3 in humans, the CD4 protein are encoded by the CD4 gene. CD4+ T helper cells are white blood cells that are an essential part of the human immune system (…) They are called helper cells because one of their main roles is to send signals to other types of immune cells, including CD8 killer cells (…) If CD4 cells become depleted, for example in untreated HIV infection, or following immune suppression prior to a transplant, the body is left vulnerable to a wide range of infections that it would otherwise have been able to fight. (Wikipedia august 2014)

Fernando Pio Norberto
joined SOS CV in 1994 as a sponsorship officer.

Two years later he was promoted to head of sponsorship department. In 2007 he was appointed as an interim Village Director in Tete. Later on he applied and passed for the vacancy of Village Director in Chimoio, the fifth village in Mozambique;

He ensures that the individual needs of each child entrusted to SOS CV is accessed and protected. He unites his team to take part in issues that protect children within the village and beyond. Fernando enjoys working with children. “It is challenging and interesting”. Only by knowing each child with his or her behaviour Fernando feels being able to support them and conquer any difficulty in life so. “The overall goal is that they become independent in the future”.

Fernando is the fourth born in a family of six, three girls and three boys. Fernando and his twin brother grew up separately due to the civil war in Mozambique and got re-united in 1994 after the civil war. His father passed away when Fernando was still a little boy.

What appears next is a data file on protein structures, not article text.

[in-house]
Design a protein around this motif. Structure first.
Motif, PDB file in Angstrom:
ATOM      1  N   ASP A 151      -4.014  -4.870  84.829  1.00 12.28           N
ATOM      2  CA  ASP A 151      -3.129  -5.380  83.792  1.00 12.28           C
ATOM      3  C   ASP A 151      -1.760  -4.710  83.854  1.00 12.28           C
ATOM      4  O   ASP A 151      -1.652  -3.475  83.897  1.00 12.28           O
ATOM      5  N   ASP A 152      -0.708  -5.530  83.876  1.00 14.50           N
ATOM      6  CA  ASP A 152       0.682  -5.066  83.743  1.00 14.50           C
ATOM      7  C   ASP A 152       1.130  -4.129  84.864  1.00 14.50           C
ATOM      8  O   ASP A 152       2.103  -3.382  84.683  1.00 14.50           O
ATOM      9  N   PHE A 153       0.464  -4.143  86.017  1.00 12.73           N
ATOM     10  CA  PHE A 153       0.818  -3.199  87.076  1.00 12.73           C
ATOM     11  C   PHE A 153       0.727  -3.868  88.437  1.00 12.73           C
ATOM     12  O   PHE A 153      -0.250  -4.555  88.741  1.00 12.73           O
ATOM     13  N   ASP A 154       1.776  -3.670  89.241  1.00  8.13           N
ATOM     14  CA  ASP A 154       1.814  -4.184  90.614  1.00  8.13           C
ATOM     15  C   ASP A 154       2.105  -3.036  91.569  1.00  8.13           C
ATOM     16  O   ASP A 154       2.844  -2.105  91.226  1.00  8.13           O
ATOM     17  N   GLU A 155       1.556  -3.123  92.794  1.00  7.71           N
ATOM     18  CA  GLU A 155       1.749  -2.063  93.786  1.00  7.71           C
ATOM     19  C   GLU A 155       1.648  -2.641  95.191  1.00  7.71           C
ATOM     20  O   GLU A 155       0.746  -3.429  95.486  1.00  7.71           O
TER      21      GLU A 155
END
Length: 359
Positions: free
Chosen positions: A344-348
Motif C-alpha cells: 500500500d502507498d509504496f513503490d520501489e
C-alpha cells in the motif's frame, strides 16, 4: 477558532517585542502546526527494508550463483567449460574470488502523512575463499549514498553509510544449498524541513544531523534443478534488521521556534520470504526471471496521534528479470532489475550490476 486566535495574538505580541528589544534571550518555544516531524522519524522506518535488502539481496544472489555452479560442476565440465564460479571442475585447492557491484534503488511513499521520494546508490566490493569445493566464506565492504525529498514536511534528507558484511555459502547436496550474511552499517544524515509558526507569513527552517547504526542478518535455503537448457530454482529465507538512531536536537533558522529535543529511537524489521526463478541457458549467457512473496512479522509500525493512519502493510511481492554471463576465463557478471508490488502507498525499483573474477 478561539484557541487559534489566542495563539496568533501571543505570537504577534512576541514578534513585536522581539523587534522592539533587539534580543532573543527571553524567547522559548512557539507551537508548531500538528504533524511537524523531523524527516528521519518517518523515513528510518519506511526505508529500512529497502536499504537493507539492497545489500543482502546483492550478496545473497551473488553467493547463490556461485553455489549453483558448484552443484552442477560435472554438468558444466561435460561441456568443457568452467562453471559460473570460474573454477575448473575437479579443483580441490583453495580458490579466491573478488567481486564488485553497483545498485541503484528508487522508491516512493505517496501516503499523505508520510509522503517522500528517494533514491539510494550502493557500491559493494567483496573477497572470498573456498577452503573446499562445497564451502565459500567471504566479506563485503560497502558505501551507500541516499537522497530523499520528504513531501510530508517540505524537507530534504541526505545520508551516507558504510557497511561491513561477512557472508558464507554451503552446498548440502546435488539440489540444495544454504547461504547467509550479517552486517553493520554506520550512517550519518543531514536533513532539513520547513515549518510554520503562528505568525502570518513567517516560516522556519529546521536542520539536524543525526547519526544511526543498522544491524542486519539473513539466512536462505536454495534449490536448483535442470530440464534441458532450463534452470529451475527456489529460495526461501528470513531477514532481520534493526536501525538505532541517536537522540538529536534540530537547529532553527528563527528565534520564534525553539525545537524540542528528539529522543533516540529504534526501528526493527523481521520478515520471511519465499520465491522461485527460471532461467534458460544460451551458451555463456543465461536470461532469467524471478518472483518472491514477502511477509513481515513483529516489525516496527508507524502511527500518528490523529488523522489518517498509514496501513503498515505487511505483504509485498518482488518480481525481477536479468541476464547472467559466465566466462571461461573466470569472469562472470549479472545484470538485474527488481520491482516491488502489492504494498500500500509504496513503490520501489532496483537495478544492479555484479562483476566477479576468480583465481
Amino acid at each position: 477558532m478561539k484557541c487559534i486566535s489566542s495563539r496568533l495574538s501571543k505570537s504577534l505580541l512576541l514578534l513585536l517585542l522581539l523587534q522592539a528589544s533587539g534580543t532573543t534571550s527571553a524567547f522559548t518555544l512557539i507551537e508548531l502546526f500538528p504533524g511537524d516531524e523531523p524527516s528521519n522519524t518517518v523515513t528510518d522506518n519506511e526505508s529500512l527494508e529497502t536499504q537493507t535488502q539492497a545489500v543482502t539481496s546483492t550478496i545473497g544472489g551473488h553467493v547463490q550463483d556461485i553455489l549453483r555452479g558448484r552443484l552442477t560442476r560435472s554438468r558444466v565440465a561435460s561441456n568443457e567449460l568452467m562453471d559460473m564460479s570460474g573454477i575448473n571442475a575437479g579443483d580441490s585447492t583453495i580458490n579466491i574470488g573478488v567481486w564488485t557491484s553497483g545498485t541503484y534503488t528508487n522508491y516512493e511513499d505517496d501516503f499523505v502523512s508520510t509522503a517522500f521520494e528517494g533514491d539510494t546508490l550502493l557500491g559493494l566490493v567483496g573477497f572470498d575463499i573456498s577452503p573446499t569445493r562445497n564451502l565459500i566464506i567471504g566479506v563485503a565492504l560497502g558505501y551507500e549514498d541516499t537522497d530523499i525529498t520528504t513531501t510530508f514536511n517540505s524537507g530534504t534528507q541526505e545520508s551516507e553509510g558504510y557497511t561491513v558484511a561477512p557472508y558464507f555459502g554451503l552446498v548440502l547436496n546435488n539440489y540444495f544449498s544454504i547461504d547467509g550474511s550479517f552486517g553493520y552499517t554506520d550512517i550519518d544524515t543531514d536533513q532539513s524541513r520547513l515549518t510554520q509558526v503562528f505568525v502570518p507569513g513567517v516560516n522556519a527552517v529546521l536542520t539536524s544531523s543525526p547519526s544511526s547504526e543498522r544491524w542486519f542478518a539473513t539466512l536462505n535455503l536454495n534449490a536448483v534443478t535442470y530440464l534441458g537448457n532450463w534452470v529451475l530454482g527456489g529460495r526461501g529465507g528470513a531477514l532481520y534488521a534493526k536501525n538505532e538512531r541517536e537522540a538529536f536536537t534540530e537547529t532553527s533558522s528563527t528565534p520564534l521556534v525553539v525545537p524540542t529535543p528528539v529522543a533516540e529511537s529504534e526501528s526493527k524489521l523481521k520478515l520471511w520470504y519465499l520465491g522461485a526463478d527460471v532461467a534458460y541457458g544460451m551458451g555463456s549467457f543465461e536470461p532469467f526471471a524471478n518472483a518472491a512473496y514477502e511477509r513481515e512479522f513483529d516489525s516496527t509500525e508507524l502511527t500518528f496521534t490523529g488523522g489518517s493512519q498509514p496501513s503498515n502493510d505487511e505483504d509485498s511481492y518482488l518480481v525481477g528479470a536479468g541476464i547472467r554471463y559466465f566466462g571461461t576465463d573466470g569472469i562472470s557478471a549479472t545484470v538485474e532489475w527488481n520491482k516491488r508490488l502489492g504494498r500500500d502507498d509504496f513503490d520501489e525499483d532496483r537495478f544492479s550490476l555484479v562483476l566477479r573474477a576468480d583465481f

Fernando is married and father of one boy and two girls. The last born is a four years old girl. During his annual leave he enjoys meeting with his family sharing stories of the past. “It is interesting to hear how all conquer the difficulties of life”. Above all, Fernando’s family enjoys his stories about his profession meaning that he is the father of 100 children in the village and married to ten wives.

Fernando often asks himself: “Why do so many people of the society I belong to abandon it?” Just a few people turn back to their society after succeeding in life. Fernando feels he belongs to SOS CV where he is a full member. His long staying in SOS Children Village is the fruit of recognising his part in society. Fernando feels responsible to respond to contributing to shaping their future as well he also enjoys to work as National Brand Advisor.

He is from Noakhali, eastern part of Bangladesh and the eldest child to a family of ten children. He is married and blessed with two daughters both of them in the university. His family lives in the Children’s Village and feels part of the community and finds a descent way of life in the village.

In his leisure time he likes to walk, loves sightseeing, travels passionately. Kabir much likes reading, listening to music and watching drama series. He enjoys children’s sports in the afternoon in the village and chatting with kids.

With his professional knowledge he endeavours to contribute through different activities to the development of his society. His interests are in Child Rights, Child Protection, Education and other social development issues.